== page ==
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United States v. Jones, — F.3d —, 2017 WL 6395827 (9th Cir. Dec. 15, 2017): Armed Robbery in violation of Arizona Revised Statutes 13-1904 not a “violent felony” under the Armed Career Criminal Act

In 2006, Rick Allen Jones pleaded guilty to one count of being a felon in possession of a firearm, and an armed career criminal, in violation of 18 U.S.C. 922(g)(1) and the Armed Career Criminal Act, 18 U.S.C. 924(e) (ACCA). ACCA imposes a mandatory minimum sentence of 15 years on a person who violates section 922(g) and has three previous convictions for a “serious drug offense,” a “violent felony,” or some combination of the two. In Johnson v. United States, 135 S. Ct. 2551 (2015), the Supreme Court struck down the “residual clause” portion of ACCA’s “violent felony” definition as unconstitutionally vague, leaving intact the definition’s “force clause,” which refers to offenses that have the use of physical force as an element, and its “enumerated felonies” clause, which lists several covered crimes. The Supreme Court later held that Johnson applied retroactively, and Mr. Jones filed for relief pursuant to 28 U.S.C. 2255. The district court denied relief, and Mr. Jones appealed to the Ninth Circuit. The Ninth Circuit observed that, because three of Mr. Jones’ five prior felony convictions were for armed robbery under Arizona Revised Statutes 13-1904, his ACCA sentence could stand only if this offense categorically qualified as an ACCA “violent felony.” It did not. Arizona Armed Robbery does not fall under the “force clause,” because it does not require the use of violent force. And it does not fall under the “enumerated felonies” clause, because robbery is not among the felonies enumerated. The court accordingly reversed the district court’s denial of Mr. Jones’ section 2255 motion.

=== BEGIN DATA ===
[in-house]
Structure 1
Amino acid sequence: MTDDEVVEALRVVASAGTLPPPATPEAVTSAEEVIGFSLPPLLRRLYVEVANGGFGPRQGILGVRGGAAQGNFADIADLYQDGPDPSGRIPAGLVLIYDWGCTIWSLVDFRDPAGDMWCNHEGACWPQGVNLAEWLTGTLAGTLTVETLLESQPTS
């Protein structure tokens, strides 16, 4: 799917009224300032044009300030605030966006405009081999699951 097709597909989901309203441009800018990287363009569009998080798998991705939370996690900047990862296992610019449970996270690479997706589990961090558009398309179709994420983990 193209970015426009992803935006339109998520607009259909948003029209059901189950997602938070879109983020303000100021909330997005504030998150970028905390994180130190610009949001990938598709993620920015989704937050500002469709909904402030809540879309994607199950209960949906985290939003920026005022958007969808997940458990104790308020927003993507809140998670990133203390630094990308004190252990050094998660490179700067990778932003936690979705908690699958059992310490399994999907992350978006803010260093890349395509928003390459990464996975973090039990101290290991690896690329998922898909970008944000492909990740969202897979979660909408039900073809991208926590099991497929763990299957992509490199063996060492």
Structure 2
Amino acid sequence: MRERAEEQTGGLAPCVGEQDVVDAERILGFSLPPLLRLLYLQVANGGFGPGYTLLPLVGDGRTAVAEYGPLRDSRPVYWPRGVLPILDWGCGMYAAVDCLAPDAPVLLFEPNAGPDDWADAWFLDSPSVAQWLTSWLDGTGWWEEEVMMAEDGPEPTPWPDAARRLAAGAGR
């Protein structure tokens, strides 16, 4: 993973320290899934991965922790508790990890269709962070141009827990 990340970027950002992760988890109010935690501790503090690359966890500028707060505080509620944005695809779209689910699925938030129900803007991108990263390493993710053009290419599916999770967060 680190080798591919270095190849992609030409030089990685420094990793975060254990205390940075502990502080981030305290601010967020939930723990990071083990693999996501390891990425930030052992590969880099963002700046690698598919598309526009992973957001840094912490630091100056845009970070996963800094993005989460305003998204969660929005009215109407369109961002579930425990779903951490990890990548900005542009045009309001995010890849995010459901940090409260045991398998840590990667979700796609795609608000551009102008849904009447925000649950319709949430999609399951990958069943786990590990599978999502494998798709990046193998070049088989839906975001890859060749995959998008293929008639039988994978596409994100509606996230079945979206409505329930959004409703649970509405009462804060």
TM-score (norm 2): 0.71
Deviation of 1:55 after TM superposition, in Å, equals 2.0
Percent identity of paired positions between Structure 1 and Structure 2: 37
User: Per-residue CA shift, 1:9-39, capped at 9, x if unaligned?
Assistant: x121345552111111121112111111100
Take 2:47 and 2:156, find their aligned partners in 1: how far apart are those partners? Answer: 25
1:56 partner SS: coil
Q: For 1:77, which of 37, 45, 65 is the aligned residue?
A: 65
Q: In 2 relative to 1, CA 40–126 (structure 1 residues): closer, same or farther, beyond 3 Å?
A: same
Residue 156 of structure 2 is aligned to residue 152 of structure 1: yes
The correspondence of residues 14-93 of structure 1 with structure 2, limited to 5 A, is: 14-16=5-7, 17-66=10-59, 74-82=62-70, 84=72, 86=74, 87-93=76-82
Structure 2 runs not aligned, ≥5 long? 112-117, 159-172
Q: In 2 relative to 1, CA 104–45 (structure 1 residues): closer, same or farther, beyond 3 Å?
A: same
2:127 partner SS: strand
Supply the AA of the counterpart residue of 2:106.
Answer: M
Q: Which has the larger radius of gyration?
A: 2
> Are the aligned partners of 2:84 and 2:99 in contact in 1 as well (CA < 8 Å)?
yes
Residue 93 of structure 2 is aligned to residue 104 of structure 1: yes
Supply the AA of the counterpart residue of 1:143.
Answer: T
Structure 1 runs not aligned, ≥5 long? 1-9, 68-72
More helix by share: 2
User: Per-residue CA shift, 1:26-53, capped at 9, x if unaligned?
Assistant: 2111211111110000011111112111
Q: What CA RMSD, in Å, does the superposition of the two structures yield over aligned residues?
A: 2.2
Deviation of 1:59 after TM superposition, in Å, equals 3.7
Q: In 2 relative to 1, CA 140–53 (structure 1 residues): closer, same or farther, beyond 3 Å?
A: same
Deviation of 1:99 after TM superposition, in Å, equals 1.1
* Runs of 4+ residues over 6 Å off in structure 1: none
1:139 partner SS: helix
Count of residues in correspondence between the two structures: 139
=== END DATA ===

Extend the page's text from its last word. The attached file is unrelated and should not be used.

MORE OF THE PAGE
(Congratulations to Assistant Federal Public Defender Keith J. Hilzendeger of Phoenix, Arizona.)

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United States v. Valdivia-Flores, 2017 WL 6044232 (9th Cir. Dec. 7, 2017): Because of Washington’s aiding and abetting statute, Washington drug-possession crime is not categorically an aggravated felony

Say what you will about Jose Valdivia-Flores — the guy loves this country. He came here illegally in 1995, pleaded guilty to a Washington drug-trafficking offense, was removed, returned illegally the next year, pleaded guilty to another crime, was removed to Mexico again in 2009, remained there “for a few days,” returned illegally again, pleaded guilty to illegal entry, was removed to Mexico again, and attempted to enter illegally once more using a false identity — whereupon he was arrested and charged with attempted illegal reentry and fraudulent use of an immigration document. At that point, he collaterally attacked the validity of his 2009 removal, arguing that it rested on the erroneous finding that his Washington drug-trafficking offense qualified as an aggravated felony pursuant to federal immigration law.

His first hurdle under 8 U.S.C. 1326(d) was to show that the denial of his right to appeal the 2009 removal violated his right to due process, despite the fact that at the time he had signed a form waiving that right. He cleared this hurdle by showing that his waiver was not considered and intelligent, because the form’s list of check-box options did not include a box for: “I want to contest the classification of my drug-trafficking conviction as an aggravated felony.” And it didn’t help that he was unrepresented and never appeared before an immigration judge who might have explained this option to him.